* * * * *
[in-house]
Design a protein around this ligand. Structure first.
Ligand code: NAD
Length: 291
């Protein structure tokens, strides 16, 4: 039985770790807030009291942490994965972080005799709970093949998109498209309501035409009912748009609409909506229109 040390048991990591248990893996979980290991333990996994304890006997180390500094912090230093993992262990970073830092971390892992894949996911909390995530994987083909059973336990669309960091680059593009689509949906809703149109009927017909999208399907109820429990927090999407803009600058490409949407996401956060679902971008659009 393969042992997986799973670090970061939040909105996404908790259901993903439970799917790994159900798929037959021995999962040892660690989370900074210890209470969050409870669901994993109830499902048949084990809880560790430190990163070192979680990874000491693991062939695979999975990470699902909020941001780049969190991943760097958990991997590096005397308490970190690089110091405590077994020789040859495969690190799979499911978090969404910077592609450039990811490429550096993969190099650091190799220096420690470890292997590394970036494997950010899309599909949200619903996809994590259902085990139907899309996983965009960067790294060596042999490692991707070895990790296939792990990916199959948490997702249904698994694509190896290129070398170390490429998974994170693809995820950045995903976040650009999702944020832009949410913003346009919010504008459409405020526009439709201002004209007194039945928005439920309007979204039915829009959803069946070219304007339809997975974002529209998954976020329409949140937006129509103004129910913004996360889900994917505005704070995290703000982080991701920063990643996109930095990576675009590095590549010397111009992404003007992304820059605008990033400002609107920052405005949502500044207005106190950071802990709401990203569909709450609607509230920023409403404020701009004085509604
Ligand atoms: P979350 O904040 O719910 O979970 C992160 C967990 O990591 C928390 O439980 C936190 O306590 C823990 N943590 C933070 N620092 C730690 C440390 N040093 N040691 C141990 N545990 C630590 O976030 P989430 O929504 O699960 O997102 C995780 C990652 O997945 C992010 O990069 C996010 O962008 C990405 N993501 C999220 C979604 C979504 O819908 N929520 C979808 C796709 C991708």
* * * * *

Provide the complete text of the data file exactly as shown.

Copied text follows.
[in-house]
Design a protein around this ligand. Structure first.
Ligand code: NAD
Length: 291
């Protein structure tokens, strides 16, 4: 039985770790807030009291942490994965972080005799709970093949998109498209309501035409009912748009609409909506229109 040390048991990591248990893996979980290991333990996994304890006997180390500094912090230093993992262990970073830092971390892992894949996911909390995530994987083909059973336990669309960091680059593009689509949906809703149109009927017909999208399907109820429990927090999407803009600058490409949407996401956060679902971008659009 393969042992997986799973670090970061939040909105996404908790259901993903439970799917790994159900798929037959021995999962040892660690989370900074210890209470969050409870669901994993109830499902048949084990809880560790430190990163070192979680990874000491693991062939695979999975990470699902909020941001780049969190991943760097958990991997590096005397308490970190690089110091405590077994020789040859495969690190799979499911978090969404910077592609450039990811490429550096993969190099650091190799220096420690470890292997590394970036494997950010899309599909949200619903996809994590259902085990139907899309996983965009960067790294060596042999490692991707070895990790296939792990990916199959948490997702249904698994694509190896290129070398170390490429998974994170693809995820950045995903976040650009999702944020832009949410913003346009919010504008459409405020526009439709201002004209007194039945928005439920309007979204039915829009959803069946070219304007339809997975974002529209998954976020329409949140937006129509103004129910913004996360889900994917505005704070995290703000982080991701920063990643996109930095990576675009590095590549010397111009992404003007992304820059605008990033400002609107920052405005949502500044207005106190950071802990709401990203569909709450609607509230920023409403404020701009004085509604
Ligand atoms: P979350 O904040 O719910 O979970 C992160 C967990 O990591 C928390 O439980 C936190 O306590 C823990 N943590 C933070 N620092 C730690 C440390 N040093 N040691 C141990 N545990 C630590 O976030 P989430 O929504 O699960 O997102 C995780 C990652 O997945 C992010 O990069 C996010 O962008 C990405 N993501 C999220 C979604 C979504 O819908 N929520 C979808 C796709 C991708």